A Series LLC is a variation of the traditional LLC and allows the owner to segregate risk within separate entities without the cost of setting up new entities. In the right circumstances, the structure can be a beneficial tool for venture capital funds, portfolio companies and others. But there are certain risks and uncertainties surrounding this relatively new concept in business ownership.
The Series LLC is an umbrella that houses a collection of independently operating LLCs. The idea has been likened to a honeycomb – it is a single legal entity that consists of separate, individual interests, called series. Each series holds its own assets, conducts its own operations and has its own members.
The primary benefit of this structure is that an owner can operate different businesses within a single legal entity and still shield the liability of one from the others. The debts, liabilities and legal obligations of one series typically cannot be enforced against another series, or against the Series LLC as a whole.
Series LLC also enable the owners to reduce overall formation costs. In Delaware, regardless of how many series are in the Series LLC, the entity must pay just one annual franchise tax payment. And it is generally not required to file new state formation filings to establish a new series.
The Series LLCs can be especially attractive to companies in high-risk industries like real estate or financial planning. It can also be appealing to venture funds that want to separate assets with different risk profiles.
The first state to permit Series LLCs was Delaware. In the two decades since, less than one-third of states have adopted their own Series LLC legislation. California, for its part, does not authorize Series LLC but allows Series LLC formed elsewhere to do business there. However, California will treat each series as a separate LLC for calculating related fees.
The lack of widespread adoption, along with the lack of legal opinions from regulators and/or judges, means Series LLCs are still a largely unexplored area of the law. The risks associated with some of the uncertainties has made some wary of utilizing the structure.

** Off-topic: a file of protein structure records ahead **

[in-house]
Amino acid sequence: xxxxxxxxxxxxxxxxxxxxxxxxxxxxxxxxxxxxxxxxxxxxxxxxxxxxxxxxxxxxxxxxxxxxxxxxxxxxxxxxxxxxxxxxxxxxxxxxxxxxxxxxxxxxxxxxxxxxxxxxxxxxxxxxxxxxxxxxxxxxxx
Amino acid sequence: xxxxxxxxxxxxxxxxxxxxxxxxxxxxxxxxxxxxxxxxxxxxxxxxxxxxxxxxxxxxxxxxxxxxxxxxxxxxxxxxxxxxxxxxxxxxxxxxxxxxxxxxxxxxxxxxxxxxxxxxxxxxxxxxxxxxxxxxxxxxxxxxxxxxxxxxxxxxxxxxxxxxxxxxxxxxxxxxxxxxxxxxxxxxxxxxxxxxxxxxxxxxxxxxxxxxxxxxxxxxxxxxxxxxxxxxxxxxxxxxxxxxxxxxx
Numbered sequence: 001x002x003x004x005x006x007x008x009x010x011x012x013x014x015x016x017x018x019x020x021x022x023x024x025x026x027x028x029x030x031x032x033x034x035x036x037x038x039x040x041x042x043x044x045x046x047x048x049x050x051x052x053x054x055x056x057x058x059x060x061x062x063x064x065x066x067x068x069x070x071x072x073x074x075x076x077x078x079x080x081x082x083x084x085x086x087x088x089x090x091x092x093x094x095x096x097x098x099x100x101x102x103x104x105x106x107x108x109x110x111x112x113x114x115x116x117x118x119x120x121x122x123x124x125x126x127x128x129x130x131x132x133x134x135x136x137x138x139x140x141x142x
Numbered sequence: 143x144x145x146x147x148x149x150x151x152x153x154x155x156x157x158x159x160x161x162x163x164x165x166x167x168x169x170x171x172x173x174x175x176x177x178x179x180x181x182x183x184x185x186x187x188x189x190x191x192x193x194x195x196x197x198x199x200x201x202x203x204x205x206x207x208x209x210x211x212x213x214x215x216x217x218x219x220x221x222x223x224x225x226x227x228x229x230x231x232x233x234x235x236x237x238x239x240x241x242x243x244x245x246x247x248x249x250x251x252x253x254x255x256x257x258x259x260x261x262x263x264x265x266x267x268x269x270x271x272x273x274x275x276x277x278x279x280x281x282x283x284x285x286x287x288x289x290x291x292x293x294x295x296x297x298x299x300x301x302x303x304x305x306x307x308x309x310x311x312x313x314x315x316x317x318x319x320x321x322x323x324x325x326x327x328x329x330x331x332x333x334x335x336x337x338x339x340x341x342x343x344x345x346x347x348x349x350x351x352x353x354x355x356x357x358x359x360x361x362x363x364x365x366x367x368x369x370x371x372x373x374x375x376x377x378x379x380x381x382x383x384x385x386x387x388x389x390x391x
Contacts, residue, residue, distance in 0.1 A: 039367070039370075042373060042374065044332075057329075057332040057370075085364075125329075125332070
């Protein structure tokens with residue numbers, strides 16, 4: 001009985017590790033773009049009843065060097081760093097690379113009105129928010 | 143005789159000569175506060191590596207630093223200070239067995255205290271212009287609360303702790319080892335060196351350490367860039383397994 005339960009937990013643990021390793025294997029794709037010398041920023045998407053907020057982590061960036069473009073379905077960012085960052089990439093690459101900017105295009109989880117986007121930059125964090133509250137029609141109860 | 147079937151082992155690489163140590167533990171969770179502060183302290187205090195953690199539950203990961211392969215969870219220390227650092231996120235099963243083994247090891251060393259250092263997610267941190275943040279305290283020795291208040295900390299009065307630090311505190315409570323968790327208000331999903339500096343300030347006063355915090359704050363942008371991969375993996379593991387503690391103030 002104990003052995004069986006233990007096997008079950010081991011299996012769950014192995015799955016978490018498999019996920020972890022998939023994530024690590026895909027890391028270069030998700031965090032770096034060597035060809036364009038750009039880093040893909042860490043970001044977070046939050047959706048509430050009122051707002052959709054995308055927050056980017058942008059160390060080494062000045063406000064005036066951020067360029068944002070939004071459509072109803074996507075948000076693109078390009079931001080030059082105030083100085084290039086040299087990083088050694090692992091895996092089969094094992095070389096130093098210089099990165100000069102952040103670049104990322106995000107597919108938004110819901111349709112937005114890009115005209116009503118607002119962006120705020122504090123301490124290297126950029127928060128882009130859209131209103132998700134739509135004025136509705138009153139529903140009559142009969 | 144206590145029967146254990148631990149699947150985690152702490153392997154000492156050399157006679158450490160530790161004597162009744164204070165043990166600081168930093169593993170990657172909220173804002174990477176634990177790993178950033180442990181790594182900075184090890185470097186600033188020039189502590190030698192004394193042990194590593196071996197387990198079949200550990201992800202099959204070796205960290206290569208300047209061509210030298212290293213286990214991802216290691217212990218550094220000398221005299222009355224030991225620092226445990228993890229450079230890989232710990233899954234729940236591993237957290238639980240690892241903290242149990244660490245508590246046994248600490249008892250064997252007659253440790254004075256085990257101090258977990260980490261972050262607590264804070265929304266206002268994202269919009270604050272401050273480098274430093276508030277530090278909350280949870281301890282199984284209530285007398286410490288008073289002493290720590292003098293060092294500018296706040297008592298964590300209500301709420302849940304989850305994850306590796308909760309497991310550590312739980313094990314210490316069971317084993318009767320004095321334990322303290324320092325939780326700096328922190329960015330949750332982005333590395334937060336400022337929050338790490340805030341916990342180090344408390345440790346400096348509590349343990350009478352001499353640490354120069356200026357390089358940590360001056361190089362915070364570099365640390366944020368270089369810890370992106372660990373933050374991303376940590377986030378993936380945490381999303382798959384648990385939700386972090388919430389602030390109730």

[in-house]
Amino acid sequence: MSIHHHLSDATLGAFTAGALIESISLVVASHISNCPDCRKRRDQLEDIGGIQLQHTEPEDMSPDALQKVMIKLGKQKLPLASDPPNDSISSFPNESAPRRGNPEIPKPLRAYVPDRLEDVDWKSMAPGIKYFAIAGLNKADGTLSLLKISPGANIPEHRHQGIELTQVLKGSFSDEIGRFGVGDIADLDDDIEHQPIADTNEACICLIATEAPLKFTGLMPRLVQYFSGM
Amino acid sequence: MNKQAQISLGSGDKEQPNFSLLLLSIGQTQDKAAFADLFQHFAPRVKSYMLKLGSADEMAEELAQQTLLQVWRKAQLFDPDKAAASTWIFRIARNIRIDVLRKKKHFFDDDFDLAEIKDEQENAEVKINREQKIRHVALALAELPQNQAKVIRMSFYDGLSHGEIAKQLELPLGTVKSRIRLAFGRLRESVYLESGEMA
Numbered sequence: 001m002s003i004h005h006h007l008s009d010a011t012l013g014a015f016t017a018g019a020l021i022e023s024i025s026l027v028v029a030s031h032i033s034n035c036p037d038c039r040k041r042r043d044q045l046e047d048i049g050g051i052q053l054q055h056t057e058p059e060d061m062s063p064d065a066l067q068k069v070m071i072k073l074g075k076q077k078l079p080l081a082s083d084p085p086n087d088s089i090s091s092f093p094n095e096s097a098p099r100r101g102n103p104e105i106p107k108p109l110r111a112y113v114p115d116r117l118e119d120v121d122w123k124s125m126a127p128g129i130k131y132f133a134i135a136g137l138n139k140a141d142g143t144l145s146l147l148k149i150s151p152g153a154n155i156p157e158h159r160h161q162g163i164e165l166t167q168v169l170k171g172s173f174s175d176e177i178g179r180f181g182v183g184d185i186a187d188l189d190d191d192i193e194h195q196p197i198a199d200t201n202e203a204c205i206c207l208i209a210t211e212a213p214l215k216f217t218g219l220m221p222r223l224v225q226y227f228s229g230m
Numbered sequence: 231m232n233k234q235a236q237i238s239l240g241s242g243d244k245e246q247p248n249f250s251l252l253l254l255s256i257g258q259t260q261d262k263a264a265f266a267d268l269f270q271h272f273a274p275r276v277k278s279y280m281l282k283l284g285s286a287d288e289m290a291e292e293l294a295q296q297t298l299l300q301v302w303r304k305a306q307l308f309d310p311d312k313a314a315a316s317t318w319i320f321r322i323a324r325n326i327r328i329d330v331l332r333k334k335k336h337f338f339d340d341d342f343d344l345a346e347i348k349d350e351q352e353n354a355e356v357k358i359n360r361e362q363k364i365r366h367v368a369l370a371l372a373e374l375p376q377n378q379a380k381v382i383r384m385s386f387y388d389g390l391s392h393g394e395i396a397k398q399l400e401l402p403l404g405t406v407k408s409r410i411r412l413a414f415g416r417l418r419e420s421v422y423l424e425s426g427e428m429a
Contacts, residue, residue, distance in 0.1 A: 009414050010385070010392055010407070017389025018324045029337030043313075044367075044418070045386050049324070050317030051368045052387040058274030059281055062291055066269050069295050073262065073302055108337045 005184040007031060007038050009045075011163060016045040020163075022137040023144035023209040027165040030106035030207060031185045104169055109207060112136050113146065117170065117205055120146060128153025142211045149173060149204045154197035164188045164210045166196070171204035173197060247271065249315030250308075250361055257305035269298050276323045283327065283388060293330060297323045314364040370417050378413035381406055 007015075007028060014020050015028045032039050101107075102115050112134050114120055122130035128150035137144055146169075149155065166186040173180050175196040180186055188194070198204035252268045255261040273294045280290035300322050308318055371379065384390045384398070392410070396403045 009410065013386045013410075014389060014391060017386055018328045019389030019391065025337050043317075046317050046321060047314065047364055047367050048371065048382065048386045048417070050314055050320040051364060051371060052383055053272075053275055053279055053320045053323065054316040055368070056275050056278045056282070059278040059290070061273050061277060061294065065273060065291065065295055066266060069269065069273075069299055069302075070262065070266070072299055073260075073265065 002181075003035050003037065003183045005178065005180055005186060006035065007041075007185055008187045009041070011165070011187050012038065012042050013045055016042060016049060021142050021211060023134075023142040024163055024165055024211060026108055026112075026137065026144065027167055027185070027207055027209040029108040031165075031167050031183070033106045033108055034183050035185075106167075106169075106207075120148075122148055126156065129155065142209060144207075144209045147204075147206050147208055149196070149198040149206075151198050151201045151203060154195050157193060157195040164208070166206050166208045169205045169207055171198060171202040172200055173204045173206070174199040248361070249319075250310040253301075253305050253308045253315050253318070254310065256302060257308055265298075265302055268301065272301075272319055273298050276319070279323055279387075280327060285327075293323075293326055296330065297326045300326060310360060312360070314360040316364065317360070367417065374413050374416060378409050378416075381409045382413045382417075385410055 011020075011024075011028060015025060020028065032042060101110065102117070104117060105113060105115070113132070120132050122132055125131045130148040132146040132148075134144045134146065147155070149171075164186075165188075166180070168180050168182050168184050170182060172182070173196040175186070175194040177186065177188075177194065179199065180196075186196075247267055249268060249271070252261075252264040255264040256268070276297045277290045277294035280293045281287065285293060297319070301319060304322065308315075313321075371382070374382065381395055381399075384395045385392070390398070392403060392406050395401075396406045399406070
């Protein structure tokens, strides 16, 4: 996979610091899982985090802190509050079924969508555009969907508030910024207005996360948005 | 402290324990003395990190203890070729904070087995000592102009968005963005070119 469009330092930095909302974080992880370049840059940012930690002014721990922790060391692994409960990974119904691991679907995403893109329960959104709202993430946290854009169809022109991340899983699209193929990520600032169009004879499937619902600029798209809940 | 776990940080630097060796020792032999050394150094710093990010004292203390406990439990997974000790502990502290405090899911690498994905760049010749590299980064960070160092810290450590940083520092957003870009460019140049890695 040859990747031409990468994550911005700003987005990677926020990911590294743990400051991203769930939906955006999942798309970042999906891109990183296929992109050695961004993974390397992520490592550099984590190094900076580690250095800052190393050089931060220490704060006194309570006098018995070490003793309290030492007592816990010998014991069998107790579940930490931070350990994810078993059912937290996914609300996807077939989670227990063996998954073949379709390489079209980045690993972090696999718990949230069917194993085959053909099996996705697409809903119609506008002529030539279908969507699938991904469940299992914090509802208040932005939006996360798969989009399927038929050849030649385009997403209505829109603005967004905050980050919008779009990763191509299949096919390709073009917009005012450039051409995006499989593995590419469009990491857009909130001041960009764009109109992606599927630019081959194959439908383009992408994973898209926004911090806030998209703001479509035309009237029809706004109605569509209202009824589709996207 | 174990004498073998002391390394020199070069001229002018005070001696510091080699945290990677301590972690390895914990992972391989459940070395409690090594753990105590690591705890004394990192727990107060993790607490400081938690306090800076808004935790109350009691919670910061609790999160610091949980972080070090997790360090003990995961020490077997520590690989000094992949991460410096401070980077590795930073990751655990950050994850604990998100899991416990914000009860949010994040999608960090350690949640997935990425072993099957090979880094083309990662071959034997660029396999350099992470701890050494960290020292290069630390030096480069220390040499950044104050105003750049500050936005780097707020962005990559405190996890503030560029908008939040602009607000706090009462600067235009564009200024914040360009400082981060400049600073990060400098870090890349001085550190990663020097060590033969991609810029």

For example, it is unknown whether certain states that don’t permit Series LLCs will accord separate liability to each company. And because U.S. Bankruptcy Code doesn’t recognize Series LLCs, it’s unclear how Series LLCs would be treated in the event of a bankruptcy.
The Uniformed Protected Series Act
In an effort to address the inconsistency in treatment and recognition of Series LLCs across states, the National Conference of Commissioners on Uniform State Laws in July adopted the Uniformed Protected Series Act (UPSA). The act is expected to begin making its way around the states for passage this fall.
A project that dates back several years, the UPSA provides a framework for the formation and operation of a Series LLC. Among other things, it defines a series as a separate legal person, solidifying the internal liability shield of the Series LLC. The act is intended to dovetail with the LLC statute of each state, helping to ensure consistency.
The approved version also includes a number of provisions to protect creditors and deter the misuse of Series LLCs, which had been a criticism of earlier drafts. For example, it makes applicable the doctrine of veil piercing in the Series LLC context, providing a process to disregard the internal shields.
Provided the UPSA is adopted by the various states, the act would provide greater certainty for the operation and liabilities of Series LLCs.